Metal Fatigue, Resharpening, and Bandsaw Blade Life

Considerations for extending the useful life of a bandsaw blade through multiple resharpenings. April 2, 2015

Question (WOODWEB Member) :
How many times should you sharpen the blades before fatigue may break the blade? Which blades appear to hold up the best?

Forum Responses
(Sawing and Drying Forum)
From contributor S:
I get up to 20 sharpening out of quite a few, they are down to 1" wide by then and don't cut too good any more. Lots of them break sooner than that but you should get at least five to seven sharpenings. I run the flange on the guide wheels 1/4" behind the blade, some manufactures recommend only 1/8" which causes the blade to bend around the guide wheels causing early failure. I run a TK mill but go by Cook’s recommendations.

From Contributor P:
About the fatigue: I think the breakage is caused by to hard work before the sharpening procedure, (it must not be caused by many sharpenings). If the sharpening is performed correct it will remove all micro cracks in the bottom of the gullet. That means the blade is nearly new (from fatigue point of view) after every sharpening. I have slowed down the feed speed in my grinder to about 12 teeth/min. That way I have better surface finish, lower temp and a sharper blade. I could not believe that the steel in a blade would need rest to recover from fatigue. I asked a friend, stress and fatigue "gury" in the aircraft industry. He confirmed that a blade will last a lot longer if it is used (running and tensioned) about one to two hours at the time, and then get rest, hanging free on a hook some hours. In my case I like to re-sharpen with the same period of time.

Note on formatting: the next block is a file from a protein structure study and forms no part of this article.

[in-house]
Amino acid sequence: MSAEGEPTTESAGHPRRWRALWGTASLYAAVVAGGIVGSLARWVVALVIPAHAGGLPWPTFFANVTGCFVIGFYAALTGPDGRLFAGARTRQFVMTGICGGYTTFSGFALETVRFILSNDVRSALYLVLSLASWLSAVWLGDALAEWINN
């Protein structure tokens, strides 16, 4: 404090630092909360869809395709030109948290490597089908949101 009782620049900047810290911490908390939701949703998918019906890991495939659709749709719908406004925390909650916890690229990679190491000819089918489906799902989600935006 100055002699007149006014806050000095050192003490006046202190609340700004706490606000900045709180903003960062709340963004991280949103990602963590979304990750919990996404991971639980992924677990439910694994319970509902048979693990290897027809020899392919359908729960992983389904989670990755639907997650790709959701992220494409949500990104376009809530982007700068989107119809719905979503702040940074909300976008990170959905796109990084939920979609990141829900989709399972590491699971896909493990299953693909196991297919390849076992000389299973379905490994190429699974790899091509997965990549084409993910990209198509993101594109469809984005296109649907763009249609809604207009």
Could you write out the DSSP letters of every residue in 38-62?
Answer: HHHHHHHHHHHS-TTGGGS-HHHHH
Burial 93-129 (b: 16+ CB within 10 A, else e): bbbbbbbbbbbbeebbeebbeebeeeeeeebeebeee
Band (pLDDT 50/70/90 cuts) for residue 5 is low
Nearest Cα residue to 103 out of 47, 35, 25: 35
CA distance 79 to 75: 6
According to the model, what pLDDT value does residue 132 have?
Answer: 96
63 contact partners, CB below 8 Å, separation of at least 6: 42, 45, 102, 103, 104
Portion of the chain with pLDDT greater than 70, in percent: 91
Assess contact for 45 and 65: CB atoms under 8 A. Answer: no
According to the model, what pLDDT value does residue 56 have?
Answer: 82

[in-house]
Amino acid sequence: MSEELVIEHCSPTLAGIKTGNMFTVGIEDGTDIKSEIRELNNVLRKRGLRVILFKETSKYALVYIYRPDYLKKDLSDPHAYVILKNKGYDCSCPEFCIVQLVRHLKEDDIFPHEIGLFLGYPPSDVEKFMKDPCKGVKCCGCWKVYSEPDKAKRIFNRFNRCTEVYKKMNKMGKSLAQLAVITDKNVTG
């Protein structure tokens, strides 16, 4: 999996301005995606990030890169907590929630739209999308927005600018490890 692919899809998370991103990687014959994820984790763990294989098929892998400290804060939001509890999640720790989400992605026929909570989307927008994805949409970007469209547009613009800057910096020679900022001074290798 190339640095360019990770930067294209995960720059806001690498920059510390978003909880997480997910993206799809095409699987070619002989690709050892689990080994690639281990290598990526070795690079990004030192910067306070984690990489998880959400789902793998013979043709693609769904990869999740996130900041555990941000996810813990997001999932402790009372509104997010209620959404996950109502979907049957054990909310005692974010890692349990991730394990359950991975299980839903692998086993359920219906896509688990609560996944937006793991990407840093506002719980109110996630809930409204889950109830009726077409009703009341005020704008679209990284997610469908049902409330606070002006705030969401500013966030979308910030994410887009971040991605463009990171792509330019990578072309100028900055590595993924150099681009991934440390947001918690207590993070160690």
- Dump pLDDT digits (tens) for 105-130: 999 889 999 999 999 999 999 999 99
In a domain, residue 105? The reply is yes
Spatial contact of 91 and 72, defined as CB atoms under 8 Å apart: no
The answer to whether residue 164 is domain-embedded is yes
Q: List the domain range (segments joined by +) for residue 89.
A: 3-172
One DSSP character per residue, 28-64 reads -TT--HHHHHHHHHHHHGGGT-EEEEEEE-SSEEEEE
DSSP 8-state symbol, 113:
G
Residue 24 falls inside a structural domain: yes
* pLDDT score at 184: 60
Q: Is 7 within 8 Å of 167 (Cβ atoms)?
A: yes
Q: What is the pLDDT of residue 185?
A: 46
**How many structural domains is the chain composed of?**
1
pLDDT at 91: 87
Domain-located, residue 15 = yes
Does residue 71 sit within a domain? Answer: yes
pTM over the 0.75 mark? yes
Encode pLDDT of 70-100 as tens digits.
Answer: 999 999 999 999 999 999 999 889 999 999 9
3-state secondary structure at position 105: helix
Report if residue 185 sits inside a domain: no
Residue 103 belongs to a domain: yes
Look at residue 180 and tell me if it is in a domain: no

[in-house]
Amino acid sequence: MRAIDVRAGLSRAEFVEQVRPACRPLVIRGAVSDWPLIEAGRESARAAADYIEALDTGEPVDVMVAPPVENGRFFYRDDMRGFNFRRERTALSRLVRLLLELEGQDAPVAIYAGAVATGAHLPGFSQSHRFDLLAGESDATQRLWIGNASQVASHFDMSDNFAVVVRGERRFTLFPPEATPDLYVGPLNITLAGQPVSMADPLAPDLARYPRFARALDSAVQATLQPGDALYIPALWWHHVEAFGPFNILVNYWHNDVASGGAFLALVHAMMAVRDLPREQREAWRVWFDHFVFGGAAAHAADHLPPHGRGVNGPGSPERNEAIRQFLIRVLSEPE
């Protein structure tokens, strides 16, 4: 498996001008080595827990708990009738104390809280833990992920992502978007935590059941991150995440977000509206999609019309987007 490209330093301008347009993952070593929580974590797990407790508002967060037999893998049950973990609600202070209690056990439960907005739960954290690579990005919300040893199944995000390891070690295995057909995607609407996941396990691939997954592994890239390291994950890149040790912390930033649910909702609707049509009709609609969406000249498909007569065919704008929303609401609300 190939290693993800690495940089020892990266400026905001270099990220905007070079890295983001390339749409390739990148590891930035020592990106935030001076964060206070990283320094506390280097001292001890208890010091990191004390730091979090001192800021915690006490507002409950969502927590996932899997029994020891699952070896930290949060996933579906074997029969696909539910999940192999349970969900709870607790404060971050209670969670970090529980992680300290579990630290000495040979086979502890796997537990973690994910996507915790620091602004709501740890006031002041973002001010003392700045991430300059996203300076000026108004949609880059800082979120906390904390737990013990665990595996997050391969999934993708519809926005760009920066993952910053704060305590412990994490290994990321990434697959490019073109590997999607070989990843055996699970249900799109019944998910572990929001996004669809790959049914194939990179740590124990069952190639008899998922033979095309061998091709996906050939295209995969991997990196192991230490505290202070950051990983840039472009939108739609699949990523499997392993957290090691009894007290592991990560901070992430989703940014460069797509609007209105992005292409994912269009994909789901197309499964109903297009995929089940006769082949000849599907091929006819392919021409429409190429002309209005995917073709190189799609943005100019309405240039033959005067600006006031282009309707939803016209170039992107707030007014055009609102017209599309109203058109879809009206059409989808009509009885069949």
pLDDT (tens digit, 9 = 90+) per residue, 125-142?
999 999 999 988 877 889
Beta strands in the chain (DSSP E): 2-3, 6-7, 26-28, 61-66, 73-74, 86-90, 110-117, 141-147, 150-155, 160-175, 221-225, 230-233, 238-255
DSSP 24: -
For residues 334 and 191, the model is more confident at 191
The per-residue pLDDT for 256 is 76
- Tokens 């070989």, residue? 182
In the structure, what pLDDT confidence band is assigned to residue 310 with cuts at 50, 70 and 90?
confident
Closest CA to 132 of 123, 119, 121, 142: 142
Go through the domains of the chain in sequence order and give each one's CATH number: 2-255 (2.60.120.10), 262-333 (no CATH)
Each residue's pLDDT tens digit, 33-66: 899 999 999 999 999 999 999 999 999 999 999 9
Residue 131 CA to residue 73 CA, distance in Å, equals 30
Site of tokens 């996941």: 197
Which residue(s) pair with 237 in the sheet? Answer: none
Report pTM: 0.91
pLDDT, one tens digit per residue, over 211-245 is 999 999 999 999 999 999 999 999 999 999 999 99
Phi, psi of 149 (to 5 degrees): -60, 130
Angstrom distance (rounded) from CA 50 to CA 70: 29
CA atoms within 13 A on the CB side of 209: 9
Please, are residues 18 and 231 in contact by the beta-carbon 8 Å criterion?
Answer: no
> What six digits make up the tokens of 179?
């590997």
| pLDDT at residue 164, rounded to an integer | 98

Blade tracking: Assume the blade is running in idle, with the middle of the body on the top of the crown. ("Middle" is 50% from the bottom of the gullet to the back). The blade tension is now equally spread in the steel in the back and in the front gullet bottoms. (The tension is about 10 % of the force as would break a new blade, it prolongs the blade about 1mm/meter). If you now start to cut the blade it moves back 1/8" and will be pushed by the guide roller flanges. More of the stress from blade tension will now be distributed to the steel in the gullets bottom. It is not good from a stress/fatigue point. It is good because the blade will cut straighter. If you let the blade run so far as 1/4" behind the idle position, you will, in my opinion, shorten the blade life. It makes it much harder for the blade.

From Contributor Y:
Blade thickness and bandwheel diameter are also factors. Thicker blades on smaller wheels will fatigue more quickly. I've had good luck using .042 thick blades on 19" bandwheels.